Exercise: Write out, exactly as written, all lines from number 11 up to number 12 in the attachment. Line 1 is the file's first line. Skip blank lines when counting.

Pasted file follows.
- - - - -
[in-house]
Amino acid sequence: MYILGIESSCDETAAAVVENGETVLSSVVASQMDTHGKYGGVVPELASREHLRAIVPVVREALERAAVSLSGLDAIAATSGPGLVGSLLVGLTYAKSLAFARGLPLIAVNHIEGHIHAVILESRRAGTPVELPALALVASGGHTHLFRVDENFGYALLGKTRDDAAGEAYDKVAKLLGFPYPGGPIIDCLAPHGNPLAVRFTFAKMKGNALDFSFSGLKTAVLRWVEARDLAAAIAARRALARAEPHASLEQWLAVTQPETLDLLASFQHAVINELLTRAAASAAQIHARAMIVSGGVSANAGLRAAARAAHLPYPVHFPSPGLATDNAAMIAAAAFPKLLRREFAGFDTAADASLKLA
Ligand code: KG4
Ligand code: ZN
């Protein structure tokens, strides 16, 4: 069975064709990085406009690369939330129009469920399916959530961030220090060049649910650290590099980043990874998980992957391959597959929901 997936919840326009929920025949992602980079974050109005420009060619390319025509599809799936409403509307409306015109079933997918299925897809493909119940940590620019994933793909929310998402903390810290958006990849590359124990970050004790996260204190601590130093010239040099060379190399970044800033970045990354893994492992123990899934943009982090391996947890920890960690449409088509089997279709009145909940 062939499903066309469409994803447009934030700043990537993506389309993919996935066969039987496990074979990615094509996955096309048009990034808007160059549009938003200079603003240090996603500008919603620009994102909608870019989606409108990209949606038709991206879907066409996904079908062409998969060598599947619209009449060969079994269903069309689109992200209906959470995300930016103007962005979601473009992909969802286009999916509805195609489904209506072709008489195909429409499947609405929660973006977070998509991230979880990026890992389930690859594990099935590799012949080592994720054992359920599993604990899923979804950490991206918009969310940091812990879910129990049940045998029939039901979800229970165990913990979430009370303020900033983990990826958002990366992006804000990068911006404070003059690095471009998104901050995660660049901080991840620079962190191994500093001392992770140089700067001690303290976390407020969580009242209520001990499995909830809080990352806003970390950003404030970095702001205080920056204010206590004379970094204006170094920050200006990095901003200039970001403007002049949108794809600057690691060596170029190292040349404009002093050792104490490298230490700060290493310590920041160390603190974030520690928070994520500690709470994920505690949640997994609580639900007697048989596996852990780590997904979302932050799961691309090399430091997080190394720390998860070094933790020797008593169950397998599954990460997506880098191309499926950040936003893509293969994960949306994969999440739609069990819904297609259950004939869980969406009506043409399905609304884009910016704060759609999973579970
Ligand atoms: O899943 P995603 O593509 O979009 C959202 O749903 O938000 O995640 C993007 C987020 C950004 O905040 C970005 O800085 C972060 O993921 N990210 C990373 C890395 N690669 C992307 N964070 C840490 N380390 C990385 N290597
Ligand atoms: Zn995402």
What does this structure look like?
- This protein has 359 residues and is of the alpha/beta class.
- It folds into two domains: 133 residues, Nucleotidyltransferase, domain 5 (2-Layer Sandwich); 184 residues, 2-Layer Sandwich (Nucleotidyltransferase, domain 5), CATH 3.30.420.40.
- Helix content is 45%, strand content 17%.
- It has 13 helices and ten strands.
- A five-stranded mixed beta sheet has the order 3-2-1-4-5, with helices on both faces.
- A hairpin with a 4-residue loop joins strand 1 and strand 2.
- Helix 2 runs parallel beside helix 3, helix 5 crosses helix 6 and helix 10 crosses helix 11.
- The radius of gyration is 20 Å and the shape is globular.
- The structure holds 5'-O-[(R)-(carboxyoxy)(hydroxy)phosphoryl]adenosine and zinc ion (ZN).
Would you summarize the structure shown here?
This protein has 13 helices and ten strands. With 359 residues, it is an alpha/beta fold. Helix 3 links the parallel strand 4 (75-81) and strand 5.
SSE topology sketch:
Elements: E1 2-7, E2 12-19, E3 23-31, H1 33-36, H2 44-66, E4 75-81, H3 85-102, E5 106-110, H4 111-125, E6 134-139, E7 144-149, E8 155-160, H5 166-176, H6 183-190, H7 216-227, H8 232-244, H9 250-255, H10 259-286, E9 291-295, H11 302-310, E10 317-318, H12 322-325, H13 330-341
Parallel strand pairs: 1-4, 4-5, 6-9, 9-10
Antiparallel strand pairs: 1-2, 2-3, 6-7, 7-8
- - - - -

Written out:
- Helix content is 45%, strand content 17%.
- It has 13 helices and ten strands.